Next, we “bring private sector expertise and financing to the table.” The legislation “requires a competitive bidding process for development of high-speed rail on the NEC; allows private sector to recommend best PPP framework; and establishes performance standards for competitive bidding process.” The end result? “Real high-speed rail on NEC—less than 2 hours between WDC and NYC (nice objective); double total intercity rail traffic on NEC (you’ll need to double the amount of main line tracks to do that, and where are you going to put them?)’; highest level of private sector participation and financing (not without big government dollars); lowest level of federal funding (sorry fellas, but someone is smoking something); full implementation in 10 years or less (you want it when?).
Practically none of the facts Vantuono tries to interject with is true. High-speed trains in most countries make stops in the major cities. Between Seoul and Busan, not only do all KTX trains stop in Daejeon and Daegu, but also they run to those cities on legacy track; the average speed from Seoul to Busan is 170 km/h, or 106 mph. And all Shinkansen trains stop in the major cities, and yet the Sanyo Shinkansen express trains average 224 km/h, or 139 mph.
The other too-clever-by-half fact, “you’ll need to double the amount of main line tracks,” is also false. Amtrak runs 1-2 Northeast Corridor trains per hour north of New York, and 2-3 south of New York. Doubling that requires no additional infrastructure, with the exception of the tunnels between New York and New Jersey, which run 25 tph on two tracks at the peak – and even there, no extra concrete is needed. The capacity of two mainline tracks, even at speeds higher than those of normal commuter trains, is more than 30 trains per hour; electronics before concrete, as the Germans say.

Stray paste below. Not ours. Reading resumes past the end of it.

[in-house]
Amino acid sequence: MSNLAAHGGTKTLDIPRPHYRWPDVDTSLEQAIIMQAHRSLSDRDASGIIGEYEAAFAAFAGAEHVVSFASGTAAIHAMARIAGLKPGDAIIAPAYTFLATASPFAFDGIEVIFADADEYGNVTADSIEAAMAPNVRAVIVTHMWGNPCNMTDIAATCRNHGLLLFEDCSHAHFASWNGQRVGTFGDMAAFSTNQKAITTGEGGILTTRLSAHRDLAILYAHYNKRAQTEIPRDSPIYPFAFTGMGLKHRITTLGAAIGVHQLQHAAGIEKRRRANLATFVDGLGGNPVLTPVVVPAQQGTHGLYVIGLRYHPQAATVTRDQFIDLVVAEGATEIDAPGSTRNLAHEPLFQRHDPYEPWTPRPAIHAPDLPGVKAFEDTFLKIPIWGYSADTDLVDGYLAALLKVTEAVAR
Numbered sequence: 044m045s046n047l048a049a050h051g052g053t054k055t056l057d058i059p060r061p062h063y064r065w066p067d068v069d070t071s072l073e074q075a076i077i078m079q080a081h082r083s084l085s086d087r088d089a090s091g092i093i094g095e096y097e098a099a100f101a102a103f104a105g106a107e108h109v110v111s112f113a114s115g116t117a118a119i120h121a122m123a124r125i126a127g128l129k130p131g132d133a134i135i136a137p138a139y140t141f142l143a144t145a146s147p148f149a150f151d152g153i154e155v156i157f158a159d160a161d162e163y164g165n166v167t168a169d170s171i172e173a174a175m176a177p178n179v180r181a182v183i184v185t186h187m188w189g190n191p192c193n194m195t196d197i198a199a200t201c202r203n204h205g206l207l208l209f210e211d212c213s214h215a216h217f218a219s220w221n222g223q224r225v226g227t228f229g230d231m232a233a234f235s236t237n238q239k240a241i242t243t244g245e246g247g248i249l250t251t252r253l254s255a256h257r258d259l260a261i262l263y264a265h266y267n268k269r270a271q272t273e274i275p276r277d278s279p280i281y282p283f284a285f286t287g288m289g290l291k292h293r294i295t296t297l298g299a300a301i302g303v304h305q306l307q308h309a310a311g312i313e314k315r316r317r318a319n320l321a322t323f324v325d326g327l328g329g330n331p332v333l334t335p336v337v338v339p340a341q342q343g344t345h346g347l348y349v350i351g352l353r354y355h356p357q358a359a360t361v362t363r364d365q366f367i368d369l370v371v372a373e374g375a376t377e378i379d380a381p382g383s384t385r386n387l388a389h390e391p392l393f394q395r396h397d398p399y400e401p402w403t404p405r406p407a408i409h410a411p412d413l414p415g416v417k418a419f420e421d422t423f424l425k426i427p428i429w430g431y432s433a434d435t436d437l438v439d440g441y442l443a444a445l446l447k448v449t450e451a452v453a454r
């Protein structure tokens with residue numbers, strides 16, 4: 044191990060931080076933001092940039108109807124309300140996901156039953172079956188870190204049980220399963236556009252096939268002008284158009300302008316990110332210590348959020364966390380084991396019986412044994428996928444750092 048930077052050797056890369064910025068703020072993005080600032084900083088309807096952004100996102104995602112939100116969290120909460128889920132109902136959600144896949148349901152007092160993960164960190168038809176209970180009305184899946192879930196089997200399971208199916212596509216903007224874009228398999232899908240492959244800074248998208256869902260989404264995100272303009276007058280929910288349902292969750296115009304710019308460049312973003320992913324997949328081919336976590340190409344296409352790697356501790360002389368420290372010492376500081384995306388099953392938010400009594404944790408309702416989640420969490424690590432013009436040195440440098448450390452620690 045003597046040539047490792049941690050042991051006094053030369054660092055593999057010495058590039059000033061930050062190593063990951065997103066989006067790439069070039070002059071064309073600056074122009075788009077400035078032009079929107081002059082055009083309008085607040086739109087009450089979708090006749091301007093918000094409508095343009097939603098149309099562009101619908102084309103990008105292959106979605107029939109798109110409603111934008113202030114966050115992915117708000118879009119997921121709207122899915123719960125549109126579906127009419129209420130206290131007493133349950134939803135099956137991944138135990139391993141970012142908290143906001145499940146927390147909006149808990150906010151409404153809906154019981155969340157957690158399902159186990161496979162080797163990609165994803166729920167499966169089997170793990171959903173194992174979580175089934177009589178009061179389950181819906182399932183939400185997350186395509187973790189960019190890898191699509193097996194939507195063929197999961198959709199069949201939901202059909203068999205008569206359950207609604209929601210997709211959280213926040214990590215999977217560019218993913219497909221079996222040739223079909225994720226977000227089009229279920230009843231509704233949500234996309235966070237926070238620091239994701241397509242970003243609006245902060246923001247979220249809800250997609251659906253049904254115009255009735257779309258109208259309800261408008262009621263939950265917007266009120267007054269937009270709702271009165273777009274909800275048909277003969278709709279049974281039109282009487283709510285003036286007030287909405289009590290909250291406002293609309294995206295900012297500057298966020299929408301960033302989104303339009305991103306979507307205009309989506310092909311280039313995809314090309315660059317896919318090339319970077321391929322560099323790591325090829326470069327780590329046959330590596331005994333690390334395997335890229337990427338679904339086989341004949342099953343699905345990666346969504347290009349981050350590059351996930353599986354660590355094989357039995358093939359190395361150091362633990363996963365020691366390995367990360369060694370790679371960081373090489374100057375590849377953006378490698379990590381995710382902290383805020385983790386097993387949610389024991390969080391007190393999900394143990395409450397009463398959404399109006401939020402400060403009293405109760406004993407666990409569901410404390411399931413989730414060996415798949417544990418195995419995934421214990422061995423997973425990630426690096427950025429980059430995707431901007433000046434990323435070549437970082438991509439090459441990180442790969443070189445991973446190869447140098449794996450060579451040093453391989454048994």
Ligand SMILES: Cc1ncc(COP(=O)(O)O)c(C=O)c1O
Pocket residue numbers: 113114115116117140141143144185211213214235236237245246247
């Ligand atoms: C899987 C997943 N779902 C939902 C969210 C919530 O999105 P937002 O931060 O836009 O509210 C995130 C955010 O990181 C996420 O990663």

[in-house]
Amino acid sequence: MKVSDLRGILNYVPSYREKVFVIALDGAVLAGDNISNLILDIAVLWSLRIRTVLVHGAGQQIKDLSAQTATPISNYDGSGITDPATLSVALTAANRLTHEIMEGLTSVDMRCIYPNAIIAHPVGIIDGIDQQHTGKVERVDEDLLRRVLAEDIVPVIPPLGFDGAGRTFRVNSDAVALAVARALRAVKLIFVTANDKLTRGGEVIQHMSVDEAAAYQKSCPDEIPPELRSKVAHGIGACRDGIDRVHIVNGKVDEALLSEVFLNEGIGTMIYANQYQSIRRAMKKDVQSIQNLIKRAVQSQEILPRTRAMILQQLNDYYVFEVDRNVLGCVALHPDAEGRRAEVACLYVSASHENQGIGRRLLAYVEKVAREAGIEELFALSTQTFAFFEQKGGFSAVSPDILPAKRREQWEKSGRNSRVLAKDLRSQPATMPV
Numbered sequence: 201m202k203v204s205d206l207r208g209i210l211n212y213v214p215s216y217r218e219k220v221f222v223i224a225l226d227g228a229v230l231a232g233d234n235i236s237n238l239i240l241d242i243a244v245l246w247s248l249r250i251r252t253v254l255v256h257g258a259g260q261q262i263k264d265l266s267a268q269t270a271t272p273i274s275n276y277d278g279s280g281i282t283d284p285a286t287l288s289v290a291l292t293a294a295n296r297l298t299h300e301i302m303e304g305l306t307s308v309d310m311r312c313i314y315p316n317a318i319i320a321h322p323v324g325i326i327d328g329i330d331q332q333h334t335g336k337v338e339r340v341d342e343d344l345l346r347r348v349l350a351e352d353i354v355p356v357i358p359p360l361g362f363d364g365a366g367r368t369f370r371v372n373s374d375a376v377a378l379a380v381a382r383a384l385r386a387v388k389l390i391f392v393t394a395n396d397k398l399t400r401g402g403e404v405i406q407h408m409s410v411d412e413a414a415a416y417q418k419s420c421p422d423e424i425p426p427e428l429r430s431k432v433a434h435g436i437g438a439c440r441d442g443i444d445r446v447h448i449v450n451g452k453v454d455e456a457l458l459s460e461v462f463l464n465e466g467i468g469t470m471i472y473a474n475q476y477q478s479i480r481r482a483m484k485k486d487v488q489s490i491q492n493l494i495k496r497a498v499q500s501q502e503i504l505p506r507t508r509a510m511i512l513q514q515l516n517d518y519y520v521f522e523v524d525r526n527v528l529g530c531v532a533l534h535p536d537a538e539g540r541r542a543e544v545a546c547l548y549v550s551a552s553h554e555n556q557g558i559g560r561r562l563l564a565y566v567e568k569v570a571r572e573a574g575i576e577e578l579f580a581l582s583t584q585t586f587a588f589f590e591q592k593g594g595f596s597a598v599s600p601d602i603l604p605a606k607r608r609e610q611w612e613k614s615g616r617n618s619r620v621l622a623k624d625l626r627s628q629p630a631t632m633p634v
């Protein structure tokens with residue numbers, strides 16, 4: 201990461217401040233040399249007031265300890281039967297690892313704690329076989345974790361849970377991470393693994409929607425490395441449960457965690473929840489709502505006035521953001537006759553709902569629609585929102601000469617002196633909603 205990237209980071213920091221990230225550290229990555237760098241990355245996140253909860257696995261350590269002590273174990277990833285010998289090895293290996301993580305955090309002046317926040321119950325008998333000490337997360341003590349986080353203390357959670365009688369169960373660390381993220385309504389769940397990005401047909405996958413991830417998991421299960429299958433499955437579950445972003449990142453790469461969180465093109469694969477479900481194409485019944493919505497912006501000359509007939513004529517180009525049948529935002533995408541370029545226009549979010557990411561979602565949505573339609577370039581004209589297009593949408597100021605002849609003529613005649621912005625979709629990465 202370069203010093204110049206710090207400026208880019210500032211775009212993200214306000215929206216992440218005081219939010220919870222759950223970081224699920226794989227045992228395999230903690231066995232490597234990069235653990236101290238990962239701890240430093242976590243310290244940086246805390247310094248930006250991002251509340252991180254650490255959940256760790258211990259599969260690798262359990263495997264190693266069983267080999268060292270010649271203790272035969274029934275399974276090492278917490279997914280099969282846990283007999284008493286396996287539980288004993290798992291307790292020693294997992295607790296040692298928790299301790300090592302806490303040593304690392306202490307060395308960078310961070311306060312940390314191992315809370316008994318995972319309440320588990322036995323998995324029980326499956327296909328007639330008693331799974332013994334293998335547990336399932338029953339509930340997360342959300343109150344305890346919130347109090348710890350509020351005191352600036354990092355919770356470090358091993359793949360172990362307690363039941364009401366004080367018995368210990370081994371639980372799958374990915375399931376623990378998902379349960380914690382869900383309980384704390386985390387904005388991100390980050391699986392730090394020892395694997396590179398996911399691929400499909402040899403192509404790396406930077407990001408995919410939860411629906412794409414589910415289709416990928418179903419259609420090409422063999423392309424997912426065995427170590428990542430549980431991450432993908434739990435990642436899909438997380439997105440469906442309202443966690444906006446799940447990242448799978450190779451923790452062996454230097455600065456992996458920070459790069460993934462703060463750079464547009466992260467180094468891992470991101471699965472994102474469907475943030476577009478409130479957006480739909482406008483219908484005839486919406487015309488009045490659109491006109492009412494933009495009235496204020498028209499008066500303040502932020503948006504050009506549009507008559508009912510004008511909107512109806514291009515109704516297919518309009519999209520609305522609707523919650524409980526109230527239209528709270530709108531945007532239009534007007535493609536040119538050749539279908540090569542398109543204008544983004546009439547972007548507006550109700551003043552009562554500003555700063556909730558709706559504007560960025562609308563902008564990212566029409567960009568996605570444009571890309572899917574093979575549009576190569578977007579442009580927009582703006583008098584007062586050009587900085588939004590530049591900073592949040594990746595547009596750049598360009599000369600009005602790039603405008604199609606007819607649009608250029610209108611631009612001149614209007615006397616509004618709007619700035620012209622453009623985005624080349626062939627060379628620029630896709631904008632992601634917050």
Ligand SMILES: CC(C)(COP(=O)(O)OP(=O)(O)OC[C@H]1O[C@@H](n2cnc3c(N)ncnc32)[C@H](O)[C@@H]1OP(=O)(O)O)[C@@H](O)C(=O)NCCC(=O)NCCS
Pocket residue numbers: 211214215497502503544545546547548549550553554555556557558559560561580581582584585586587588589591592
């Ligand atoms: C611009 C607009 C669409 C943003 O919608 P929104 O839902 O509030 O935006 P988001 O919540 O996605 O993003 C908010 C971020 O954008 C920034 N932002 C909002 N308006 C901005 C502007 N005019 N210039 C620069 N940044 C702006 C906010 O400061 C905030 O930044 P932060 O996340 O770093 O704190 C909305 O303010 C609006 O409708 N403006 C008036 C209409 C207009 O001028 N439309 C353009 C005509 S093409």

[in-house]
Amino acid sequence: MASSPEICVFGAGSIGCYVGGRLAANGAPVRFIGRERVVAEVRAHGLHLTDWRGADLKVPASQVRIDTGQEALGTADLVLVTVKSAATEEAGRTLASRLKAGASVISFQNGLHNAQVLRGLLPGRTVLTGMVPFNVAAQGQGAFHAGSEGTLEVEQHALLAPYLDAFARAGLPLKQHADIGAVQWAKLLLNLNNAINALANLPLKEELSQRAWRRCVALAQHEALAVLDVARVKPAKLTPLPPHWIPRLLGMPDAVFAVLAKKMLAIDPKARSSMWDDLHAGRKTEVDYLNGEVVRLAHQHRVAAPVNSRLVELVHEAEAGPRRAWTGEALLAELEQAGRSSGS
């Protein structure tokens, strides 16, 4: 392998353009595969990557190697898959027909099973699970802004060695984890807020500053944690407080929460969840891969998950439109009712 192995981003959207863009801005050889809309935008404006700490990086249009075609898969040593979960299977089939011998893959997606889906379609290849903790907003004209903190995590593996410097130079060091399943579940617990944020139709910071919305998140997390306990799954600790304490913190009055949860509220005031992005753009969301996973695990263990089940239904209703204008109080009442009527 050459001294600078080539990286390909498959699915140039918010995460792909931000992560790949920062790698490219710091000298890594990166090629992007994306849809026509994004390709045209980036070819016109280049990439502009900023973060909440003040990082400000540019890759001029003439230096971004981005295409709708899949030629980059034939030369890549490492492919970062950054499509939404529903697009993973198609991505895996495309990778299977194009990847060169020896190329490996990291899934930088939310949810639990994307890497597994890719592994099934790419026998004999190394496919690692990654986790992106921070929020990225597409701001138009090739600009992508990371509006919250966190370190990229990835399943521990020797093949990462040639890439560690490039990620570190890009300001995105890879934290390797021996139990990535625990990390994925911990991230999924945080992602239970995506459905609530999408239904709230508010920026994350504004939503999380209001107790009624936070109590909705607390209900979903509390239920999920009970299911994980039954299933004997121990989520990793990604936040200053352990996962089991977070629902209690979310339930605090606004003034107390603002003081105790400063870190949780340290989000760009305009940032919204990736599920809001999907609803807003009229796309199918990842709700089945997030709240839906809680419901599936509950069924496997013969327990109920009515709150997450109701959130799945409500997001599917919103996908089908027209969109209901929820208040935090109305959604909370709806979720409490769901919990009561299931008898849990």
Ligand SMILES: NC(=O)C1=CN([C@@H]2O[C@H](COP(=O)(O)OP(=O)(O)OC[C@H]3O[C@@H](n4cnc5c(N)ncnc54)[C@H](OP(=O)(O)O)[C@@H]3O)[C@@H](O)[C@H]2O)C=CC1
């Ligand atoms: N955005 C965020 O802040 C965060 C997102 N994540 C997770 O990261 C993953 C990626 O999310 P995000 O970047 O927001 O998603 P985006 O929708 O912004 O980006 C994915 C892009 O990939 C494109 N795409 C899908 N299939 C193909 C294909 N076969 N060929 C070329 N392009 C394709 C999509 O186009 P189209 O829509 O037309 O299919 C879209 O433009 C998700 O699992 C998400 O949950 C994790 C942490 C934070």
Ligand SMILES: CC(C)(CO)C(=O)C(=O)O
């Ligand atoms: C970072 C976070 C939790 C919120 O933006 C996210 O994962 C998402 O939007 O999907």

Finally, Vantuono’s complaint about the lack of “constructive discussion about how rail operations in the Northeast should be managed,” is that “we’re not dealing with railroaders.” In other words: anyone with expertise outside the slow, unsafe, badly regulated, and unprofitable American mainline system is to be ignored – to have their grammar mocked for saying “their” in reference to Amtrak and to have legislative plans for competitive bids dismissed as “it’s all too complicated.”
In the early 1980s, SEPTA tried to reform itself, under a management schooled in urban transit. It had grand plans for SEPTA Regional Rail: it built a tunnel connecting its two halves and through-ran trains, it wanted to run trains frequently, and before building the tunnel had considered severing one half from the FRA-regulated network and running it under rapid transit regulations. The result: the unions and the old-time railroaders rebelled, considering management to not be real railroaders. The reforms stalled with the exception of lower payscales for train operators, SEPTA Regional Rail remained more like American commuter rail than like an S-Bahn, and recently even the through-running regime was ended.
There’s a large segment of rail activists who are wedded to the old way of doing things: those are the people who defend FRA regulations, think regional rail should be treated separately from urban transit, can’t conceive of trains operating with no conductors, and want to build concrete before electronics and organization. As seen in the example of SEPTA, those people are the real obstacle to rail revival in the US, much more so than transient right-wing populist movements such as the Tea Party. Rick Scott and Scott Walker are unlikely to still be around in five years; Vantuono and the tens of thousands of railroad workers like him will be around and pass on their business culture to the next generation, and no concrete should be poured until the organization that created this culture is reformed.